Female IDF combat soldiers at health risk

Fighters suffer stress fractures, anemia, infection, back pain; Solution: lowering loads and effort bar, queueing up for orthopedists.

Mordechai Sones ,

Starting service healthy
Starting service healthy
צילום:IDF Spokesman/Flash 90

The public debate over integrating women into IDF combat roles continues to dominate the public agenda, with the IDF itself exacerbating the trend.

An up-to-date military document received by Arutz Sheva reveals a worrisome picture of the physiological costs paid by women in combat roles.

The document was written at the headquarters of the Chief of Staff's Gender Advisor, called "Gender Standards." Distribution of the document in units that serve women in combat roles began about two months ago. It is the most updated official document in this field in the IDF, and is intended to help integrate women in combat roles. However, reading the document presents disquieting realities.

The document sheds light on the way the IDF integrates women into the combat force, despite the serious medical consequences caused to female soldiers, and despite the damage to the operational level of the units in which women are integrated as combatants.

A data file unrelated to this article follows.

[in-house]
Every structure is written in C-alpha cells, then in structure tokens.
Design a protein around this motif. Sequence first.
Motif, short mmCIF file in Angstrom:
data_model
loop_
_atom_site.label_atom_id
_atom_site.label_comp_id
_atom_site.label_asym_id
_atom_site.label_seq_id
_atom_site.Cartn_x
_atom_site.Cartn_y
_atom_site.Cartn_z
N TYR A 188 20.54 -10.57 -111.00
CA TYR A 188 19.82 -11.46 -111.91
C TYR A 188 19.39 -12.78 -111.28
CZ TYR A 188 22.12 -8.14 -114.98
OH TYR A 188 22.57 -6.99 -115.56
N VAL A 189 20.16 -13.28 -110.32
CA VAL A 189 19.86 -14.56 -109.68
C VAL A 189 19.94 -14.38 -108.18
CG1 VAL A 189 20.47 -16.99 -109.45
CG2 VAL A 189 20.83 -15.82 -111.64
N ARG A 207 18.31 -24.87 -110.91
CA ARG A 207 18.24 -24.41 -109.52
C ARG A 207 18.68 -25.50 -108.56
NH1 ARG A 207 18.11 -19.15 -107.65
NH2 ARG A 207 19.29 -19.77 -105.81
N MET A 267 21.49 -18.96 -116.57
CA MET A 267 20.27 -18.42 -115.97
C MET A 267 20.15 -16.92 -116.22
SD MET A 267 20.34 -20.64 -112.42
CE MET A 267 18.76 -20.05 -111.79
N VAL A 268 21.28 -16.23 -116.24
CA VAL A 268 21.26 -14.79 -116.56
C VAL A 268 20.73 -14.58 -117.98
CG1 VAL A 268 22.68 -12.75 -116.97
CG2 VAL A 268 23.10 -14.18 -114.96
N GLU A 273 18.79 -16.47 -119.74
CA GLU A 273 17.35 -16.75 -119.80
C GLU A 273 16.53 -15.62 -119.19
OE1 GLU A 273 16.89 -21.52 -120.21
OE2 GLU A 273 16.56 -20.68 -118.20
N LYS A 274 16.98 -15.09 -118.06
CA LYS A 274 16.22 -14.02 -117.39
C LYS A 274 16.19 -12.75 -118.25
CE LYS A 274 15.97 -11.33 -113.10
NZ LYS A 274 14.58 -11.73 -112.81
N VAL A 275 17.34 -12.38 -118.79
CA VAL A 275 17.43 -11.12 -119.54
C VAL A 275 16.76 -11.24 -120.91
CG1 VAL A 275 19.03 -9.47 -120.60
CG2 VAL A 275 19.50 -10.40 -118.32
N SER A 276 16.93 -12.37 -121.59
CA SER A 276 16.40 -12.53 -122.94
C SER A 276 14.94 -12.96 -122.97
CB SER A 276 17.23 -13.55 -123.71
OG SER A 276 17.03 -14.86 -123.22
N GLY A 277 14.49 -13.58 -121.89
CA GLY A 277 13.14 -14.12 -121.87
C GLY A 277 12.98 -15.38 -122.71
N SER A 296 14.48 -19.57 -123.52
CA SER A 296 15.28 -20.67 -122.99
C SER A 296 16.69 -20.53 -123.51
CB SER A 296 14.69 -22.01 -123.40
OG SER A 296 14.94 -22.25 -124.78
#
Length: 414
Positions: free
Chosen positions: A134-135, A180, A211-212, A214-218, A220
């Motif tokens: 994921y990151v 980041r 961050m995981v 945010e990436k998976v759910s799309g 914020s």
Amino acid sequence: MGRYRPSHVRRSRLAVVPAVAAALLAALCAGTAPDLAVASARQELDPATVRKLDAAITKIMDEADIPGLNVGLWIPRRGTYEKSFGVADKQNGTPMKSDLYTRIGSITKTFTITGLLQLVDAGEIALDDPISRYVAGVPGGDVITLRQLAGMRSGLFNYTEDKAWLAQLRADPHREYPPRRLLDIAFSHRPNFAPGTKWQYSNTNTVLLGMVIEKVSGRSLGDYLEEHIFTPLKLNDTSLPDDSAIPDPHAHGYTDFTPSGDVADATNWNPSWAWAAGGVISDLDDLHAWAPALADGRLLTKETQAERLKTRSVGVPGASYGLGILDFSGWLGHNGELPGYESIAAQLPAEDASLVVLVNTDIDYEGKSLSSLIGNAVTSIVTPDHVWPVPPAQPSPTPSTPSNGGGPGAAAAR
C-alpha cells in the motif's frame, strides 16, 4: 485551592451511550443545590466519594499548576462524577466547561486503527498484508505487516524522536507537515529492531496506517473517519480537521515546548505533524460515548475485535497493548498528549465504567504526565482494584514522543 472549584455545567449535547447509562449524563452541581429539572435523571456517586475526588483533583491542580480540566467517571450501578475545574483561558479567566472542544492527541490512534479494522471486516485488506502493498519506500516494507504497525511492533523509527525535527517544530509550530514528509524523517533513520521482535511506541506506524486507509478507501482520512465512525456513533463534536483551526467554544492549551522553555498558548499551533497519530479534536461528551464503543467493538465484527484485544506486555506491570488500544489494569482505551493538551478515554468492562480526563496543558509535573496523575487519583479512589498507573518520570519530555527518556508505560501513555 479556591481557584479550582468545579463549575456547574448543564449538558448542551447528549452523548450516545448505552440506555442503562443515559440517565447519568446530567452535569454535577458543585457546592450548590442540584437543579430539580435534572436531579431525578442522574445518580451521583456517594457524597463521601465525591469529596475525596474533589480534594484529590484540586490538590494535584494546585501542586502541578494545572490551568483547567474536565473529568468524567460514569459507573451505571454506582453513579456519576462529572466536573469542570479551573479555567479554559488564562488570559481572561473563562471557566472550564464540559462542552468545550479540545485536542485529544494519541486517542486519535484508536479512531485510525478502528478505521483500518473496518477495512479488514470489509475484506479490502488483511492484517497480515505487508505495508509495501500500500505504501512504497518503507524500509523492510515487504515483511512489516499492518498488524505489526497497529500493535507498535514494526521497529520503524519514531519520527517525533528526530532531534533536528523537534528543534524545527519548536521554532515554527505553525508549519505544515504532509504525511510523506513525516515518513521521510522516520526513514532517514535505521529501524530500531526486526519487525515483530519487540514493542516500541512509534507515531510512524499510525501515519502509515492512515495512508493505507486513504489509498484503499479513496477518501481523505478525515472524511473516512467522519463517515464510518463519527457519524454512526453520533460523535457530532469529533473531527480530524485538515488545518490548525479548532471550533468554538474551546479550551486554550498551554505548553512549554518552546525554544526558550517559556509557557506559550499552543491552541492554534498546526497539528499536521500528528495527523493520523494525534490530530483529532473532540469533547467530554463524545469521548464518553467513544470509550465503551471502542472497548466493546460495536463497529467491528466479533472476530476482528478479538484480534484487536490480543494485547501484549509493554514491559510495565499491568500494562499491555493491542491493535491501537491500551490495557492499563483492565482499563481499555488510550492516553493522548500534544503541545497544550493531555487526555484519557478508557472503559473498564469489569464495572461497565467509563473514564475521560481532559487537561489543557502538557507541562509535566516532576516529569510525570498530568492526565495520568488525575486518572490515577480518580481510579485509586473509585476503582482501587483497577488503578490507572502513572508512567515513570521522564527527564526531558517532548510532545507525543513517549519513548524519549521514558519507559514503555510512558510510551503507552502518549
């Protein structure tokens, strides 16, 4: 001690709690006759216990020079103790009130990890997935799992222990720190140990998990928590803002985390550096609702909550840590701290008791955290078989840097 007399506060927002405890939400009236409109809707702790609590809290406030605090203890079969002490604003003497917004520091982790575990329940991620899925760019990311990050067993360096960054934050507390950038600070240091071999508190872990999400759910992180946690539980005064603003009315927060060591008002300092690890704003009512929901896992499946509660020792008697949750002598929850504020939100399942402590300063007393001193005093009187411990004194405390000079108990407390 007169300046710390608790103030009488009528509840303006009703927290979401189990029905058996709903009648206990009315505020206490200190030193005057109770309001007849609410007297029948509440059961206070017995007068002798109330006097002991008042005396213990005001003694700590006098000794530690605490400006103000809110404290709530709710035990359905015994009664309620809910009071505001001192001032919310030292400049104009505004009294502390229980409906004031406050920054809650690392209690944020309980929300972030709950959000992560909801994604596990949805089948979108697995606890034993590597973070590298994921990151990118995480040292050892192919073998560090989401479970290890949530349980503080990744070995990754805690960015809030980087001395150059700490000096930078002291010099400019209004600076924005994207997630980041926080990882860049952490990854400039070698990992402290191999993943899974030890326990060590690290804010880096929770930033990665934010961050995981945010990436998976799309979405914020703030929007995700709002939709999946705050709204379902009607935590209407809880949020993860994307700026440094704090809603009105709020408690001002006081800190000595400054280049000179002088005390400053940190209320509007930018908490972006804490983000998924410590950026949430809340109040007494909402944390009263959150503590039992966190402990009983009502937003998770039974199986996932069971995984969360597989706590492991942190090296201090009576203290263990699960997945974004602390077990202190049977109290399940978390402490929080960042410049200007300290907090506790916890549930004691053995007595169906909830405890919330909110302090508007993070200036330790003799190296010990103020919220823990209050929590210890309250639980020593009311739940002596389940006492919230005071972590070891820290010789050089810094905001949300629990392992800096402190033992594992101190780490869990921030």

"Women are no different from men in motivation, command ability, leadership, personal abilities, mental and cognitive functioning," the introduction to the document states. The main difference, according to the document, "is body structure and physiology, which is reflected in differences in women's physical ability from that of men in many aspects, the most prominent of which is cardio-strength, strength (especially strength of the upper body), and speed."

Under the heading "Women's Characteristics relative to Men," the Advisor notes that body weight, muscle mass, and muscle strength are significantly lower in women, and therefore, during training as fighters, they suffer far more from "weight-bearing capability" and "muscle-skeletal injuries."